In all, while GSM companies continue to jostle for market share, it has often come at the expense of poor service and lack of accountability. Quite frankly, as an average internet user in Nigeria, one is usually left at the mercy of poor mobile internet services which frustrates one to seek limited alternatives.
Veteran talk-show host, Larry King dies at 87
Legendary longtime CNN talk show host, Larry King is dead.
Larry King, the multiple award-winning TV and radio host has died at the age of 87.
King who had a long-running show on CNN, Larry King Live was a household name for his many interviews with political leaders, celebrities and newsmakers.
King’s death was announced on his official Twitter handle stating that he passed on Saturday morning at Cedars-Sinai Medical Center in Los Angeles, California, USA.
The statement read in part:
“With profound sadness, Ora Media announces the death of our co-founder, host and friend Larry King, who passed away this morning at age 87 at Cedars-Sinai Medical Center in Los Angeles.
“For 63 years and across the platforms of radio, television and digital media, Larry’s many thousands of interviews, awards, and global acclaim stand as a testament to his unique and lasting talent as a broadcaster.”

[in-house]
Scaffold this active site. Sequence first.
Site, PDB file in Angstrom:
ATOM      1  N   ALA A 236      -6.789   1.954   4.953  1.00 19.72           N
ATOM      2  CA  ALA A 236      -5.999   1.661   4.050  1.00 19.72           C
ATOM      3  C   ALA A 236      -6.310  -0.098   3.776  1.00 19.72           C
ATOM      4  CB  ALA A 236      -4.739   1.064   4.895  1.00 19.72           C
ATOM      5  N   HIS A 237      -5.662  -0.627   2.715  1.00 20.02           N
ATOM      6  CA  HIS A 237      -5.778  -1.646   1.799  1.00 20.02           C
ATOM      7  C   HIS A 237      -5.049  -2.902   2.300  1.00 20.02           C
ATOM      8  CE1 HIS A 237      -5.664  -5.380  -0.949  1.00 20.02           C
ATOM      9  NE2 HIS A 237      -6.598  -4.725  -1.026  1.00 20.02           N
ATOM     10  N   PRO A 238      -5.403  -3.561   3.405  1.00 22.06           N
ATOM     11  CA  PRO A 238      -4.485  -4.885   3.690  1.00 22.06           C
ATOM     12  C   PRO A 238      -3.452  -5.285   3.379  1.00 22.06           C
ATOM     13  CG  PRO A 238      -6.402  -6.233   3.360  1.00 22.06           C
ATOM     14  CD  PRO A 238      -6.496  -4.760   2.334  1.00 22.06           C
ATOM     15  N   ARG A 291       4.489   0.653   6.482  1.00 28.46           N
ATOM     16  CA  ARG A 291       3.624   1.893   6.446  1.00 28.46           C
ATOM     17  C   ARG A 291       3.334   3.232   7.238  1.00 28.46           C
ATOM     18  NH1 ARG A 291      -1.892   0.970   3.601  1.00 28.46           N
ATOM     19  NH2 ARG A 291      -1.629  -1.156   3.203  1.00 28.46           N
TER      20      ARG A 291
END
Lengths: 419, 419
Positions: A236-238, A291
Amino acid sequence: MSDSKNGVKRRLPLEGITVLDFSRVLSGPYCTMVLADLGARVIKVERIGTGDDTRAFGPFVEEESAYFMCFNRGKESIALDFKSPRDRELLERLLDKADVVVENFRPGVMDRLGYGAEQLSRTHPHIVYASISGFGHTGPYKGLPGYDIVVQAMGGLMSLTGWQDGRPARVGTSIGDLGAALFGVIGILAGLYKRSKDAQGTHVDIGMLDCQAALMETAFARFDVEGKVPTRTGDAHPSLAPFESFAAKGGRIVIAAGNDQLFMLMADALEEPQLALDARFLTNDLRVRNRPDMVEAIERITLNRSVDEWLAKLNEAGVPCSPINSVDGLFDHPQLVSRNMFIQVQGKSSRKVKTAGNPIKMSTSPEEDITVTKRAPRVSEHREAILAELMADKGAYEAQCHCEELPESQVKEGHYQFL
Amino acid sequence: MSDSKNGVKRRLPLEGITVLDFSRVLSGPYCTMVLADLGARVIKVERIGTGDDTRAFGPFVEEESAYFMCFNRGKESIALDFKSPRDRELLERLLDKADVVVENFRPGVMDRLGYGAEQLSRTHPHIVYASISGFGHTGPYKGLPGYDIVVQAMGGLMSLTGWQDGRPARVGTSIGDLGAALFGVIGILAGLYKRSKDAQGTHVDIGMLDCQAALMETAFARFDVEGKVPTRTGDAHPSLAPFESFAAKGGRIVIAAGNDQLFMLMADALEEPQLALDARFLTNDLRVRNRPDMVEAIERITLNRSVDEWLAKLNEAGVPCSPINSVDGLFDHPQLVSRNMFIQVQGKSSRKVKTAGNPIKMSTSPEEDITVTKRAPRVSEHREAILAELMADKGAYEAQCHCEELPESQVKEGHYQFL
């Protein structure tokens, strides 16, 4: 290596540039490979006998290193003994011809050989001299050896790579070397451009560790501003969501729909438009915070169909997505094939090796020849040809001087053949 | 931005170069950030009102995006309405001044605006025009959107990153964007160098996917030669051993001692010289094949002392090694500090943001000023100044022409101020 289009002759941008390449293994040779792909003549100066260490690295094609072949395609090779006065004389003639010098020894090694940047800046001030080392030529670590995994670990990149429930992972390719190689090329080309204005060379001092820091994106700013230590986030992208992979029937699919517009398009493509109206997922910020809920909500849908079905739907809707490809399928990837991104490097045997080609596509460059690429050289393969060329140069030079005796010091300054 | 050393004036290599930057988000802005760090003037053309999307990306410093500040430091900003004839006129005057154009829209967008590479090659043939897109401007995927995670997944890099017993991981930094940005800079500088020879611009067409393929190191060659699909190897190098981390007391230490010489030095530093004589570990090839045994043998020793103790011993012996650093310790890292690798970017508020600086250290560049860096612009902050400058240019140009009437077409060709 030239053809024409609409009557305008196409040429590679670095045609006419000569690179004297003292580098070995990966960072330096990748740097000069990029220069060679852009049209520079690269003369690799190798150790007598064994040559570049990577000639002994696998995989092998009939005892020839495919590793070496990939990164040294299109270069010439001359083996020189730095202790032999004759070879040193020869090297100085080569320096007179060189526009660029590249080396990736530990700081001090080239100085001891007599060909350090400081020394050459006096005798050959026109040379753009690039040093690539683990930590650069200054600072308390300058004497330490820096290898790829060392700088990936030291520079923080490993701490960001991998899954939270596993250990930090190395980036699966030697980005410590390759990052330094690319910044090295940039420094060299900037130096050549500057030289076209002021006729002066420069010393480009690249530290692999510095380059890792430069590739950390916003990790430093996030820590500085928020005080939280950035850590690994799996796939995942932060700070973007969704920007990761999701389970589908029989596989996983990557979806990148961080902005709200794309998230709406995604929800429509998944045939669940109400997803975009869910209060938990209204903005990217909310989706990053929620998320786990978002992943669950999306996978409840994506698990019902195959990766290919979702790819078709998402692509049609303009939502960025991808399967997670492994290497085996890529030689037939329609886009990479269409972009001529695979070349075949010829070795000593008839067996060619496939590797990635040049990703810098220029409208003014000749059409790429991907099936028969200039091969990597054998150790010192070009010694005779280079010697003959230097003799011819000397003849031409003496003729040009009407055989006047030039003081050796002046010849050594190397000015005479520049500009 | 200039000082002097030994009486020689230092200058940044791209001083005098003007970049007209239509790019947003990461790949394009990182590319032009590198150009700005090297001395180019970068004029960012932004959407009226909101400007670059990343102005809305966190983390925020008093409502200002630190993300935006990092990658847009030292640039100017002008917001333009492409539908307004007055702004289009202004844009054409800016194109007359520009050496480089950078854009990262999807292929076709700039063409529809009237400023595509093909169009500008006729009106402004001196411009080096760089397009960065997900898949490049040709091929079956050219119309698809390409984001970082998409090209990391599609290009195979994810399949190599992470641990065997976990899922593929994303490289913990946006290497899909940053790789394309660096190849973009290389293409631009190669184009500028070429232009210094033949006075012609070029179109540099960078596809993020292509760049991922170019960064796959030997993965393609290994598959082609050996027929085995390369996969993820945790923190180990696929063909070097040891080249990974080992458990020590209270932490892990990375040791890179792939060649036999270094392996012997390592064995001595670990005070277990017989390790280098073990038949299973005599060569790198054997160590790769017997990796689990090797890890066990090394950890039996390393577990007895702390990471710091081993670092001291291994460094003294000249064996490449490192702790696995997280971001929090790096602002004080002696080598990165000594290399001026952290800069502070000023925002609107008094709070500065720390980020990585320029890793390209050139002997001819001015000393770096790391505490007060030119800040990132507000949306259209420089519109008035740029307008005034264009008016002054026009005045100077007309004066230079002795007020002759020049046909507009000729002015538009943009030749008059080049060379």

The statement did not however give the cause of death, but sources say King was hospitalised for COVID-19 in early January.
Since the news broke, friends, colleagues and admirers have taken to different social networks to express their sadness and condole with the family of the celebrated broadcaster.
53,460 3G and 4G Base Transceiver Stations (BTS) deployed in Nigeria – Prof. Danbatta
The 3G and 4G base transceiver stations deployed in Nigeria in the last 5 years increased from 30,000 to 53,460.
A total of 53,460 third-generation (3G) and fourth-generation (4G) base transceiver stations (BTS) have been deployed in Nigeria in the last five years.